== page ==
Nation/World

Street Fighting Halted In North Afghanistan

An uneasy truce Monday ended a weekend of bloody street battles between rival Afghan factions battling for control of the northern city of Mazar-e-Sharif.

International aid workers left the beleaguered city in a Red Cross aircraft, which had arrived at the airport on the eastern outskirts late Monday afternoon.

Of the 18 evacuated workers, 11 worked for the Red Cross, whose office was caught in the middle of the fighting between Shiite Muslims and troops loyal to an ethnic Uzbek warlord, Rashid Dostum.

The workers had taken temporary refuge with aid groups elsewhere in the city, said Juan Martinez, a Red Cross spokesman.

The seven other evacuated aid workers belonged to international aid agencies Martinez did not identify. All 18 were taken to the Pakistani border town of Peshawar, where they will remain “until the situation in Mazar-e-Sharif returns to normal,” said Martinez.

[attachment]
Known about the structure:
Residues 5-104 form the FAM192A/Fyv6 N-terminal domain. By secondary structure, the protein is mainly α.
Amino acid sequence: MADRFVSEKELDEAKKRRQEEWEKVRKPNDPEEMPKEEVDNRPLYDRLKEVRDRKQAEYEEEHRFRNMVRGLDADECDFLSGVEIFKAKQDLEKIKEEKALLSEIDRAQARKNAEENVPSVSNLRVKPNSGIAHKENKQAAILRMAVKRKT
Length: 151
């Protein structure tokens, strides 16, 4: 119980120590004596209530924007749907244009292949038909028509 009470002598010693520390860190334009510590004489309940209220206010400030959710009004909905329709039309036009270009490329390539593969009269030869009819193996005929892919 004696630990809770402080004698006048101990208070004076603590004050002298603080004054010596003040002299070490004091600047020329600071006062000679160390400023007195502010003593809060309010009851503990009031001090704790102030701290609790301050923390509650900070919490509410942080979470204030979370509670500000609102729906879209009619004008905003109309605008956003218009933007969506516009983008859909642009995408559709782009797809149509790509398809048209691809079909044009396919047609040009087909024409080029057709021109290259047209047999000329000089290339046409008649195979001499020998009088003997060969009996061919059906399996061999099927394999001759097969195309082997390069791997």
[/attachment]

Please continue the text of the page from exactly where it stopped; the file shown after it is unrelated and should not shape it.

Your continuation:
He said two Red Cross workers and seven workers with Doctors without Borders and Pharmacies without Borders stayed behind in Mazar-e-Sharif.

Despite the truce, there were reports of marauding bands of heavily armed men breaking into homes and institutions and taking away truckloads of equipment. The reports could not be independently confirmed.

The main combatants in the weekend fighting were Shiite Muslims from the Hezb-e-Wahadat group and forces loyal to Dostum. Both factions belong to an opposition alliance trying to stop the Taliban religious army’s consolidation of power in Afghanistan.

Most of Mazar-e-Sharif is controlled by Hezb-e-Wahadat, whose fighters used rocket launchers in the latest street battles.

The fighting started Saturday when ethnic Uzbek forces threw out Hezb-e-Wahadat fighters from Hairatan, 36 miles north of Mazare-Sharif on the border with Uzbekistan. The battle quickly spread to Mazar-e-Sharif.

As many as 60 fighters from both sides were killed, according to a spokesman for the opposition alliance.



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